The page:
I was awakened at 4am this morning by a shrieking alarm, a husband running around in the dark using every swear word known to man, the family dog barking and my three-year-old twins crying a cry that unlocked a new fear in me (I do apologise to my neighbours).
The reason was that the brand new battery that powers the electric fence had given up, or, more truthfully, Eskom had broken the battery that powers the electric fence that keeps my family safe.
There is no end in sight for South Africa’s rolling blackout problems, and they only seem to be getting worse. Yesterday, after a brief suspension of five hours, Eskom announced that it will be implementing stage 5 from today, 21 November to Wednesday evening between 4pm and midnight each night.
Our power utility is broke and the hens have come home to roost!
Is it time we stopped putting our faith in the ever-incompetent power utility, Eskom?
South Africans are gatvol and are looking for alternative power solutions that can be relied upon to power the essentials. Inverters are becoming an affordable and popular choice.
If you are considering purchasing an inverter, here is some useful information you need to know answered by Look See:
What is an inverter and how does it work?
An inverter is a device, which converts alternating current (AC) power supply into direct current (DC) and vice versa. This means the device can convert conventional residential electricity into the power used by batteries to charge and back again when conventional electricity output is required from the batteries.
How is an inverter set up?
The inverter system setup is quite simple. One or more batteries are connected to the inverter and then the device is plugged into a powerpoint. While normal residential electricity supply is available, the inverter charges the battery until it has reached capacity. When normal electricity supply is interrupted, the inverter switches over – either automatically or manually, depending on the model – to output mode, drawing power from the batteries, converting to AC and providing electricity through the built-in plug points in the inverter.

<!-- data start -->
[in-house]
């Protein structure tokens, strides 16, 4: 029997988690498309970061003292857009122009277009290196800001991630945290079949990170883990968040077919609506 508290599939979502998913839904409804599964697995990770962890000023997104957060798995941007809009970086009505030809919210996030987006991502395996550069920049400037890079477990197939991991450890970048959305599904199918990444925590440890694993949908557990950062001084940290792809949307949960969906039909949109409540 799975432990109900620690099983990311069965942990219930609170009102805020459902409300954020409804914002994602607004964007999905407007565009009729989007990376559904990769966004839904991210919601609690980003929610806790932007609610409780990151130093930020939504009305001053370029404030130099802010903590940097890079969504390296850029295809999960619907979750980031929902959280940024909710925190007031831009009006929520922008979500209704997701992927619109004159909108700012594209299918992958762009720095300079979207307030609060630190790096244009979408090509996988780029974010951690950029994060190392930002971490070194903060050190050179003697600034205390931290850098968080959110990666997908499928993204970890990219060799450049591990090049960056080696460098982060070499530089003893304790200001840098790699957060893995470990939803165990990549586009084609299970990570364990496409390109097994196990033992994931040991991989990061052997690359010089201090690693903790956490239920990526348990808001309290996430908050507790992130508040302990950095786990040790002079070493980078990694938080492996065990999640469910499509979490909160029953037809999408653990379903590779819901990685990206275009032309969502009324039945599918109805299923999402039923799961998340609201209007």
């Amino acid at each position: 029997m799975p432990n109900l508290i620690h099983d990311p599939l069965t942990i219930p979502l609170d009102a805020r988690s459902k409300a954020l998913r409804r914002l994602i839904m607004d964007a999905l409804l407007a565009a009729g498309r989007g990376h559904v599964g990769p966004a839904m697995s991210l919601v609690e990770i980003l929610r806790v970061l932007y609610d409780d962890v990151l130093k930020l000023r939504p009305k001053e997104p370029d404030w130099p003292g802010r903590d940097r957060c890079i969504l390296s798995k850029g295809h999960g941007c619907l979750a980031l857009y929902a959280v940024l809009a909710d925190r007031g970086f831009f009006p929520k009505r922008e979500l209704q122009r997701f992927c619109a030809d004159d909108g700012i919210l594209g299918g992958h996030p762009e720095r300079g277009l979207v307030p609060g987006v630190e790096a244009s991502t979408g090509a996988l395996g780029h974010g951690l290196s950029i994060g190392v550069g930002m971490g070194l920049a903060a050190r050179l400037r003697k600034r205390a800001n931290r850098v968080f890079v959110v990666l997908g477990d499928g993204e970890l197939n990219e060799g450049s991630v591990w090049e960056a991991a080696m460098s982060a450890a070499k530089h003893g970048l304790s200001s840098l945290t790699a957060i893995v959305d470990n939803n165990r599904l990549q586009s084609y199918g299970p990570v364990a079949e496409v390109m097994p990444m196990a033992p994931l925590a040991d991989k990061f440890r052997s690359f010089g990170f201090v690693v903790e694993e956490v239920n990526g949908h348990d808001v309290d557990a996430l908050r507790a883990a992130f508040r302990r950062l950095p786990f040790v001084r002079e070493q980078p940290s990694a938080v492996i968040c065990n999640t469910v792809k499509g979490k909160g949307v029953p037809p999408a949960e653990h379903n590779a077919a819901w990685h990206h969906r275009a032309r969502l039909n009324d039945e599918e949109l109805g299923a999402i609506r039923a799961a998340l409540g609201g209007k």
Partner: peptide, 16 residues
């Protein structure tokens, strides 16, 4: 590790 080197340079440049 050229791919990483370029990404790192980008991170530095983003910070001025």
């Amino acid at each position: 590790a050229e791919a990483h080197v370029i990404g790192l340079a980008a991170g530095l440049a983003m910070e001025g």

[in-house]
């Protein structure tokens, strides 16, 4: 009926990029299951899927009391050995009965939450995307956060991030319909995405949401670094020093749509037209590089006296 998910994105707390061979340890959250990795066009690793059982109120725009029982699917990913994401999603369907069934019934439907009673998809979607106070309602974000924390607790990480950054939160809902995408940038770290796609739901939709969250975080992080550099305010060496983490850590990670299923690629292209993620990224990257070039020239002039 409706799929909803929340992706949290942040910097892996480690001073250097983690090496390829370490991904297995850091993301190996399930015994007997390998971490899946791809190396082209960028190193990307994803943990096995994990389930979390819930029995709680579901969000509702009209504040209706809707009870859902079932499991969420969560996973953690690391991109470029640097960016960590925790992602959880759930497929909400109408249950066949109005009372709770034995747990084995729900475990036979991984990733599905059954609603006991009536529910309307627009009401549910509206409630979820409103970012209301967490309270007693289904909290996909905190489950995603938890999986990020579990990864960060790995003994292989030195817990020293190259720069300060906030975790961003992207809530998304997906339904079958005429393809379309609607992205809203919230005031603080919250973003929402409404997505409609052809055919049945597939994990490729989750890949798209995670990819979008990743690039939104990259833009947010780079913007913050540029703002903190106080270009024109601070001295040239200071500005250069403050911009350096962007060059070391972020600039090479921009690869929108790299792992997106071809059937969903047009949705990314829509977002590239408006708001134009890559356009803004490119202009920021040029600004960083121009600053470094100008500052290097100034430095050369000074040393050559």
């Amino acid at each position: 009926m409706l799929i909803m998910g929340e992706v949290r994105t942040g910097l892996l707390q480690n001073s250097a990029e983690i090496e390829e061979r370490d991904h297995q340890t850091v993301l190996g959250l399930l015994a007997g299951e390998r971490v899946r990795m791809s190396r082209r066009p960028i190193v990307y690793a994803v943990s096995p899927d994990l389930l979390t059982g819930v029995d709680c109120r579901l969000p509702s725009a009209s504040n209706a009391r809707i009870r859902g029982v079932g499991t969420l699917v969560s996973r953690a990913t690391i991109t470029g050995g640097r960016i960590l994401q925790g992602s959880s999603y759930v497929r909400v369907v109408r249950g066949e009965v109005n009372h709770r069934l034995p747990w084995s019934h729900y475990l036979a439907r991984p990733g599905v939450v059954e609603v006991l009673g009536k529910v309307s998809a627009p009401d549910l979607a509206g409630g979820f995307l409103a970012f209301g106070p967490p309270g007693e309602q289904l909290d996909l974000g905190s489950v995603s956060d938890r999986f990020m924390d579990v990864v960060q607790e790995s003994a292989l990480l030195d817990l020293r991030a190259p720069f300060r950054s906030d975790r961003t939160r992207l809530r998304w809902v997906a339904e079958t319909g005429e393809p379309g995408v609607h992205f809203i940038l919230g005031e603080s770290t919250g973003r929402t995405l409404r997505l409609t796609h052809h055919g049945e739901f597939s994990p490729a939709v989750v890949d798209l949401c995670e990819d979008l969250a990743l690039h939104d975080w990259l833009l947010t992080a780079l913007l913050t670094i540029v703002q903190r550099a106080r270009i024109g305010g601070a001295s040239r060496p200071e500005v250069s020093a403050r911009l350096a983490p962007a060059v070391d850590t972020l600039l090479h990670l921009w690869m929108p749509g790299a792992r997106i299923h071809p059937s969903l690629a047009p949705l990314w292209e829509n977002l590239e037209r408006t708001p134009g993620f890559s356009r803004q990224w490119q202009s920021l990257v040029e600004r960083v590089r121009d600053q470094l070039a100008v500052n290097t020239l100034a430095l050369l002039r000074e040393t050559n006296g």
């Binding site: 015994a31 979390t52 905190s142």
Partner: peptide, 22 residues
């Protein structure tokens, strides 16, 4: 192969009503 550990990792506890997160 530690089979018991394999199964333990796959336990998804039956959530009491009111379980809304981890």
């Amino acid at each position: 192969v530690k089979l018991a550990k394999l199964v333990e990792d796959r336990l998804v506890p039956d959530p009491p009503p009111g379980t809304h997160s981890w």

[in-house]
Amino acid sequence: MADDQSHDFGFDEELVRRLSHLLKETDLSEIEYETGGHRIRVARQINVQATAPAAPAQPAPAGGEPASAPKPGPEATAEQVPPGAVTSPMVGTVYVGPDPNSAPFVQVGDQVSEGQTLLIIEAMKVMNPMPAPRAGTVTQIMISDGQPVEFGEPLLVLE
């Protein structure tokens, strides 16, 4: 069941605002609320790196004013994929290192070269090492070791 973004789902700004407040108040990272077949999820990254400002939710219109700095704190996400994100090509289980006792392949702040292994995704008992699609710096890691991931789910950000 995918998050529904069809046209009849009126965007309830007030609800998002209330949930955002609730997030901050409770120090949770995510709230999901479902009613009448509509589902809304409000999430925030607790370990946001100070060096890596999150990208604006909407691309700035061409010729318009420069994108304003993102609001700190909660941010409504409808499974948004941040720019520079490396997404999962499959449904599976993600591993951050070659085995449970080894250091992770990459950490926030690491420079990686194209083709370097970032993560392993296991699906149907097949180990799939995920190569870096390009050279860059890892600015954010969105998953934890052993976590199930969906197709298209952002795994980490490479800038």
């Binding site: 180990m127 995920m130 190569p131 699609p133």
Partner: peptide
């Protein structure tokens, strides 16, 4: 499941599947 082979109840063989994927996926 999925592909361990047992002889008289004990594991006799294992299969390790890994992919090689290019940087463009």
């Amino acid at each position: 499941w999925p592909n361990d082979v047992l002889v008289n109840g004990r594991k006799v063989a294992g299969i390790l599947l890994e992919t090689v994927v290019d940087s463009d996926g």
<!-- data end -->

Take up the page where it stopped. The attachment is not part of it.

What are the different types of inverters?
Typically, inverters offer either a pure or modified sine wave supply. A pure sine wave device offers less electrical interference making it perfect for sensitive electronics and appliances. However, pure sine wave inverters are more expensive than modified sine wave devices, so investigate the items you wish to power from your inverter before making a decision.
What are the advantages of an inverter system?
Unlike generators, inverter systems are very quiet, do not emit fumes and can be kept and run indoors. For people living in sectional title complexes and under homeowners’ associations that do not allow generators, inverters are often the most effective option.
What are the disadvantages of an inverter system?
Inverter systems are limited by the capacity of the battery storage. Once this runs out, you have to wait for the normal electricity supply to be restored to recharge the batteries.
What size inverter do I need?
When deciding on an inverter and battery backup system, there are many elements to consider. To start with, make a note of the watt requirements of all the items you would like to run off your inverter system and add this up (1 000 watts = 1 kW). Next, consider how long you would like these items to be powered by your inverter system. With this information on hand, you will know how much power output will be required from your inverter as well as the capacity requirements for your batteries. Ideally, your requirements should be no more than 75% of your inverter and battery bank’s capacity to prevent overloading.